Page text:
Since his return from war, the Duke of Ashbury’s to-do list has been short and anything but sweet: brooding, glowering, menacing London ne’er-do-wells by night. Now there’s a new item on the list. He needs an heir—which means he needs a wife. When Emma Gladstone, a vicar’s daughter turned seamstress, appears in his library wearing a wedding gown, he decides on the spot that she’ll do.
His terms are simple:
- They will be husband and wife by night only.
- No lights, no kissing.
- No questions about his battle scars.
- Last, and most importantly… Once she’s pregnant with his heir, they need never share a bed again.
But Emma is no pushover. She has a few rules of her own:
- They will have dinner together every evening.
- With conversation.
- And unlimited teasing.
- Last, and most importantly… Once she’s seen the man beneath the scars, he can’t stop her from falling in love…

I have developed a bit of a love for all Tessa Dare novels. It started a couple of years ago, but my flirtation with "Do You Want to Start a Scandal?" over Christmas simply solidified this.

The Duchess Deal is no different. It's smart and funny and seductive and I adored both Ash (lambkin, darling, sweetmeat) and Emma. It's always satisfying when the heroine is both resourceful and strong in her own right. Sure marrying Ash is a smart choice that makes her life easier, but she doesn't just fall into his arms fluttering her eyelashes and wailing at him to save her. No, she doesn't need a man, but if there's one willing to satisfy her in bed then yes please sign her up. Basically I adored her.

Dare also walks the fine line between depth to a story and super dark destruction of all romance. There's enough sass and snark between Emma and Ash that I never tipped into pitying him - he's had a really tough time of it and been treated appallingly, but it's a big case of him just needing to be shown that his ex-fiancée is a terrible person and Emma is totally amazing.

It's got a great cast of supporting characters, including a nice trio of ladies that I'm expecting to get their own novels (OH HEY COPY OF THE GOVERNESS GAME ALREADY ON MY NIGHTSTAND) and the most under appreciated and amazing butler ever. Seriously, I want Khan to appear in all novels from now on.

Basically this has cemented my love for all things Dare. It's smart, it's funny, it's super toe-curlingly-swoon-worthy, and it was exactly what I needed right now. On to the next!

Friday, 25 January 2019

Game of Thrones Re-Watch: Season 1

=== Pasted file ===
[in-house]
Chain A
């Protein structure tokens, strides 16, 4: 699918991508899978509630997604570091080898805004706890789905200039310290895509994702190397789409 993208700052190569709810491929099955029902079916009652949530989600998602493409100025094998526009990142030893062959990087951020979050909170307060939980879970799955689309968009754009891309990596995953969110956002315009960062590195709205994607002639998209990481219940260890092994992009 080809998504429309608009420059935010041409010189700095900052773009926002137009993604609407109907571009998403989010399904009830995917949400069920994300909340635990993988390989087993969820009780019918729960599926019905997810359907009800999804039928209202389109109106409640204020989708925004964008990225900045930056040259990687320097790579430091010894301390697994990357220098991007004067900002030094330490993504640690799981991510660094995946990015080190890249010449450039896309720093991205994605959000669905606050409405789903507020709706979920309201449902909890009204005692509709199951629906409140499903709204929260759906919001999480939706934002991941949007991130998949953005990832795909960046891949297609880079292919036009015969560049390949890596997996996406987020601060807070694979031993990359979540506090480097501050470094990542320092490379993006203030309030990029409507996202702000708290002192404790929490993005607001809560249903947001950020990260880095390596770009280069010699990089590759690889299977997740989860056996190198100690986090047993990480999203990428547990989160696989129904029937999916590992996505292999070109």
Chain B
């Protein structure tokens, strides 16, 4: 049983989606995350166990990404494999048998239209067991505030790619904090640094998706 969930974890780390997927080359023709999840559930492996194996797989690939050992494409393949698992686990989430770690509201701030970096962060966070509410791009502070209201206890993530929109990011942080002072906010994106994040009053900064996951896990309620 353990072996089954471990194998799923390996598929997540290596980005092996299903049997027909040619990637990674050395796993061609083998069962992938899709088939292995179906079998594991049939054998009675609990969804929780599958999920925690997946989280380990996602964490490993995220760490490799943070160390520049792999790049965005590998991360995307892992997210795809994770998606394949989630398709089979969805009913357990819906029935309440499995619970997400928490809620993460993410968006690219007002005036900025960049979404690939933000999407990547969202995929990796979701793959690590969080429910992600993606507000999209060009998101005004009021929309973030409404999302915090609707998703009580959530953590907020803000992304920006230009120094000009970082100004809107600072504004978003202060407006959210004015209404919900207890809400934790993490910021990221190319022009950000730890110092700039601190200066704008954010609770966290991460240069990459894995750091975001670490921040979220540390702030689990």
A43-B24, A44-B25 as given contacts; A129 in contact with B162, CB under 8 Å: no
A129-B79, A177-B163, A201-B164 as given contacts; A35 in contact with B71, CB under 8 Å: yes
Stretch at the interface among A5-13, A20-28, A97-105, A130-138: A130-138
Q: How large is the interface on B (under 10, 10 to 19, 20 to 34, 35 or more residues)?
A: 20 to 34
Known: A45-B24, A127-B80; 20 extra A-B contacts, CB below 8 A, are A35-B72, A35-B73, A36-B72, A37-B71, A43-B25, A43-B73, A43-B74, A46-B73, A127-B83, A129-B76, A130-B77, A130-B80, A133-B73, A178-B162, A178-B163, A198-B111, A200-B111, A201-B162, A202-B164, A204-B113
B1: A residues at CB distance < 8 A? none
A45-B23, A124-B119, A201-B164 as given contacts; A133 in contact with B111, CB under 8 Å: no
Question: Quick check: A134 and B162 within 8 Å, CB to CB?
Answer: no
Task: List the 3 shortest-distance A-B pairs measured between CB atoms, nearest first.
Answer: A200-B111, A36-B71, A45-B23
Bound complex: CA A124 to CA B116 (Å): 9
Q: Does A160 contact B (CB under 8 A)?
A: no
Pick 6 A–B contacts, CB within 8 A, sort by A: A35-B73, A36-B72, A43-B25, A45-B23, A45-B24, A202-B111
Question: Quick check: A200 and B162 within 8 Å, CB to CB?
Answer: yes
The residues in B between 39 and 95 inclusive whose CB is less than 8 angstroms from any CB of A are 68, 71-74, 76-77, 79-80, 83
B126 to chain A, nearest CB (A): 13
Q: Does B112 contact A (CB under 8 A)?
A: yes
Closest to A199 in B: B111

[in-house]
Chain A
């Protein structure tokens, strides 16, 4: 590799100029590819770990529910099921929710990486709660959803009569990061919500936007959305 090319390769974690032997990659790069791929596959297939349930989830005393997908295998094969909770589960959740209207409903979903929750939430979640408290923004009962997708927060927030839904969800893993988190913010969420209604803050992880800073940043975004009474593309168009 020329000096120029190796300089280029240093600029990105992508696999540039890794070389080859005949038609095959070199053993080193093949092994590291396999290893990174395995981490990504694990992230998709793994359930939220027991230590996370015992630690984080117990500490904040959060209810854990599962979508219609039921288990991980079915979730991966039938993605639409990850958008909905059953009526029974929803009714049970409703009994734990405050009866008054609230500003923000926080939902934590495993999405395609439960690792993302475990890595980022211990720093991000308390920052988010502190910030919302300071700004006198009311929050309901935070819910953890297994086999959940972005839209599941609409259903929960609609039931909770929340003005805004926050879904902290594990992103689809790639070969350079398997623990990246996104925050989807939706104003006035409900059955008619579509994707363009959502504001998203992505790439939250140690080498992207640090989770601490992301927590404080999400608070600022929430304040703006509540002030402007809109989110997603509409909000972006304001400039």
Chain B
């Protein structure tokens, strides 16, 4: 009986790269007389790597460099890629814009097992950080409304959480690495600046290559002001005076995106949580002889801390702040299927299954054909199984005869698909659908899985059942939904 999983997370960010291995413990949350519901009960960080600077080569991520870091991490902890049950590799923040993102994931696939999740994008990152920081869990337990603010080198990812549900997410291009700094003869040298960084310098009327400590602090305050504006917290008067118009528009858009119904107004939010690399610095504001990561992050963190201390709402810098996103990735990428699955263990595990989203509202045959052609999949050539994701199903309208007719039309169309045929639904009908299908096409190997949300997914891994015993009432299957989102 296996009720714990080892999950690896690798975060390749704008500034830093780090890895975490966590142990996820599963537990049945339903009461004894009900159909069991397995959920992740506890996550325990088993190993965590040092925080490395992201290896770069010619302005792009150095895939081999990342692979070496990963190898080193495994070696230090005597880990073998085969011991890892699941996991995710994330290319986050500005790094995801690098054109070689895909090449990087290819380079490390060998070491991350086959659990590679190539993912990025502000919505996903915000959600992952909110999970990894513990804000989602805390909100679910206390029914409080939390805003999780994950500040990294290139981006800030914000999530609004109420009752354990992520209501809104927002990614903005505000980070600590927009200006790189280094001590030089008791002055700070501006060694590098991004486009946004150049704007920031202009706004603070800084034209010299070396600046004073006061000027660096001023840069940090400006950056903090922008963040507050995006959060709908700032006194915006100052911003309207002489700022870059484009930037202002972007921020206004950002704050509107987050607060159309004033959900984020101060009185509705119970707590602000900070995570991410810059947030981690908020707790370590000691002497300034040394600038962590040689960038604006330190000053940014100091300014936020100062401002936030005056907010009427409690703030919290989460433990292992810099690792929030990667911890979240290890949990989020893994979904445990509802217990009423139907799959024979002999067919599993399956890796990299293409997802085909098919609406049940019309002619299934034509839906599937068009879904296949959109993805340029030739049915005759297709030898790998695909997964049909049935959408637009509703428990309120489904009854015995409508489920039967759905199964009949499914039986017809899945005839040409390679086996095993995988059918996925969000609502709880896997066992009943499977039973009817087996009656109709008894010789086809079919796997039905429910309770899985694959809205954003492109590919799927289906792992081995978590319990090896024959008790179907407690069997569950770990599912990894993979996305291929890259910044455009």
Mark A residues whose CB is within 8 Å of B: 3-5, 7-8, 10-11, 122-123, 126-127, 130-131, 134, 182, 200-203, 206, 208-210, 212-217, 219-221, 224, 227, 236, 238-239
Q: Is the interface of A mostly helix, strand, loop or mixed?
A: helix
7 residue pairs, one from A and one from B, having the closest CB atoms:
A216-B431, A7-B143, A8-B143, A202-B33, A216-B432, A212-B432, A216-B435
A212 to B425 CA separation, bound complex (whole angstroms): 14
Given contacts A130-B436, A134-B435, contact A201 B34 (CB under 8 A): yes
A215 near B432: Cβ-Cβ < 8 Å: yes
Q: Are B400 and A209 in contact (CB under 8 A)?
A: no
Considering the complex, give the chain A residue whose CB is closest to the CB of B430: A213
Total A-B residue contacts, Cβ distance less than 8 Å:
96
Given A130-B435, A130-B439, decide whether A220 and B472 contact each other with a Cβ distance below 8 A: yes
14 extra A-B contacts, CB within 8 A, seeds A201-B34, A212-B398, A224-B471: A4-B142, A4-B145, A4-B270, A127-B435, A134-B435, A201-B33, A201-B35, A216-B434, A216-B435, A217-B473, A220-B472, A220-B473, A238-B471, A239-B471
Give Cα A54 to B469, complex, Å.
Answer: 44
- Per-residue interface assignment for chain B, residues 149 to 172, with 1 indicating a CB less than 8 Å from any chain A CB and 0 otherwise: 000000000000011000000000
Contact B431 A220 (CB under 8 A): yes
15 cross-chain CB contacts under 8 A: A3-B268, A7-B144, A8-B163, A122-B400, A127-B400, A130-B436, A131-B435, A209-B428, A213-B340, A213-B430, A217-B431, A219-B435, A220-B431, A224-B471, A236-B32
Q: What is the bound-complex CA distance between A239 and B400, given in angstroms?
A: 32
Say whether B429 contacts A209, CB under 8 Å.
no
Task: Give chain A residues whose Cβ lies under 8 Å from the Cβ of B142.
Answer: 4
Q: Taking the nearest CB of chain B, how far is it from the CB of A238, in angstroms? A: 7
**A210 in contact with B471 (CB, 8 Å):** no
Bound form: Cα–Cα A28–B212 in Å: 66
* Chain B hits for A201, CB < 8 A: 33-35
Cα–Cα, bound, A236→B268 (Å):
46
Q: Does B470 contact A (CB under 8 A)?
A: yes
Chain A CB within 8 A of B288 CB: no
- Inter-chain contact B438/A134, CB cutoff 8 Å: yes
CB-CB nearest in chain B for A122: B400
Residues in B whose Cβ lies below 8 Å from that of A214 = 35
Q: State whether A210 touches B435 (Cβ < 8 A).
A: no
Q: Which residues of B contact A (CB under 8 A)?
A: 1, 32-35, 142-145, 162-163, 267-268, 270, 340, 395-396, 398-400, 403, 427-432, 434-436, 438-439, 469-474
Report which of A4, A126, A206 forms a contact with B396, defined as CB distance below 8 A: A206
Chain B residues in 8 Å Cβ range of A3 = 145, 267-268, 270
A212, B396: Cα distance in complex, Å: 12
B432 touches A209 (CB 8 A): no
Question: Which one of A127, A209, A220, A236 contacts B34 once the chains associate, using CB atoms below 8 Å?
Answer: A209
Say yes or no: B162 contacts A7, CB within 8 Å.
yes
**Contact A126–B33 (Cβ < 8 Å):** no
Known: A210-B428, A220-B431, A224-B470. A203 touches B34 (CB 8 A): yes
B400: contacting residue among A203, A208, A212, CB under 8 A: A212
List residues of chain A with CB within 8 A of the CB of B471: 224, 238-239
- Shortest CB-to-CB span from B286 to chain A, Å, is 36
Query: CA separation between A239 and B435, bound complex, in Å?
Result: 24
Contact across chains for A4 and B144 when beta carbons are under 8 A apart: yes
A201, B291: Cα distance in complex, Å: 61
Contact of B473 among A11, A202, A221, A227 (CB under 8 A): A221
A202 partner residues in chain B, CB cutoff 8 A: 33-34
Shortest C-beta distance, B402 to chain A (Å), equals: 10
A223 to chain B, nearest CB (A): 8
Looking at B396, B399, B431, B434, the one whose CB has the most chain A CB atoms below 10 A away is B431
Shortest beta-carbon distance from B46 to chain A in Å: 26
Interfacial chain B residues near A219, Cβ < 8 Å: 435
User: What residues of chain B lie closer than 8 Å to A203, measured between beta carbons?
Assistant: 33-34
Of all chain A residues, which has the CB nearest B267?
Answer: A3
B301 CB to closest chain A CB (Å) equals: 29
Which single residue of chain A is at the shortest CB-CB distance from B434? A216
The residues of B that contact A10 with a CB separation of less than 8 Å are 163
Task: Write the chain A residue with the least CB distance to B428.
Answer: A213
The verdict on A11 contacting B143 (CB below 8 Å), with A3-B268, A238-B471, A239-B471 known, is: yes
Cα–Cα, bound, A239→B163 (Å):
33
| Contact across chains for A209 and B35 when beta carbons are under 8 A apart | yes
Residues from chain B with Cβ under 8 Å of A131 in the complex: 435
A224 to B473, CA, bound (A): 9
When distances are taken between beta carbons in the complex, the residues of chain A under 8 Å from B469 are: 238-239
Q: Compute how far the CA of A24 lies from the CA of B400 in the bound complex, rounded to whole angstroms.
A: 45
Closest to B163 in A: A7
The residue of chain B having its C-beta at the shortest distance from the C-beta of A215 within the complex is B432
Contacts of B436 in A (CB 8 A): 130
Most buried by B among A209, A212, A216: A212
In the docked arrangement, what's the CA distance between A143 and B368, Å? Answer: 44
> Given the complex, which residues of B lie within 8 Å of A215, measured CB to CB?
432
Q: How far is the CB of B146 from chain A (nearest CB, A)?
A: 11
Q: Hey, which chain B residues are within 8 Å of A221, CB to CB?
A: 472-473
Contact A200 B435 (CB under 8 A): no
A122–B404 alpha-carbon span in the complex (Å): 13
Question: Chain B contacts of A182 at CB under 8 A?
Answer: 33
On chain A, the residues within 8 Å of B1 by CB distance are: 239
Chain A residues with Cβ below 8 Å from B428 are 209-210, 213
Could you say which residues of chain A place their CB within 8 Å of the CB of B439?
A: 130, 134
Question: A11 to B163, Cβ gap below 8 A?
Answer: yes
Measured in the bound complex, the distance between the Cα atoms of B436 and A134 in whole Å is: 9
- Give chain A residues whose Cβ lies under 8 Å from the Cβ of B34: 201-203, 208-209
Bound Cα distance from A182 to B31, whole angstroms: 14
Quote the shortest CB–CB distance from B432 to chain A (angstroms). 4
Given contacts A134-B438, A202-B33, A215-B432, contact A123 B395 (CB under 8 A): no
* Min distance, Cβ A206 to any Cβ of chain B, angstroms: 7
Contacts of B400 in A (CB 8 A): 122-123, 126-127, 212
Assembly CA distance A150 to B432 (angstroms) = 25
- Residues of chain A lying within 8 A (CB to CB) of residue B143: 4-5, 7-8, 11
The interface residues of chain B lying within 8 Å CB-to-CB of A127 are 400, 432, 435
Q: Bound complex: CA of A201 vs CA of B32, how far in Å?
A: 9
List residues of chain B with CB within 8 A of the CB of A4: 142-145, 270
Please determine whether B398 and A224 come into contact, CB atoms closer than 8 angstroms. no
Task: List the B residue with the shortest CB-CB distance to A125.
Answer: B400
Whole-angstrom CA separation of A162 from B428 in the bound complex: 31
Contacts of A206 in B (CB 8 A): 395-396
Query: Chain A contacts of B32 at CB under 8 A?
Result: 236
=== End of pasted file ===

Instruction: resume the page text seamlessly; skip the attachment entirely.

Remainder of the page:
It's nearly April. More specifically it's nearly April 14th and that means that the time has come, at long last, to start the Thrones re-watch.
With so many characters, plots, random easter eggs etc. it's the kind of show that really rewards re-watching. Plus it's a good way to dive straight into the new season all caught up and ready to go without the moments where you inevitably have to pause the episode and go 'but who is this guy???'

Season one had an insane amount of weight on its shoulders - arguably more than the ridiculously anticipated final season. It was a hugely popular fantasy book, being made into a hugely expensive HBO show. It was breaking all the rules and doing something no one had done before. It could have gone horribly wrong, flopped, and never had any follow up seasons. But it didn't. Fans of the books loved it for the faithful adaptation it provided. Fans of good TV loved it because it is incredibly good TV. And by the end of the season it had broken all the usual rules of engagement and done what a lot of shows are too afraid to do. Audiences were hooked.

Now I came a little late to the game - I didn't have Sky so I had been mildly spoiled for the end of the season before I launched into the box set. It took a few episodes to really hook me because there's a huge amount of information to bombard the viewer with to get them up to speed; I was intrigued enough to watch, but not yet into full binge territory. And I think that still holds true even now when I'm watching the season in full for the seventh time. Sure it's good, it's filled with insanely impressive set pieces, an amazing cast, and has an engrossing quality that sucks you in. But it's a slow burn. The kind that rewards you for watching, for going back and fitting previously unnoticed pieces together. No matter how much I'm enjoying it (and believe me, I always am) it doesn't fully grab me until the end of episode 6 - my first sit up and take notice 'oh hey you're really not messing around' moment.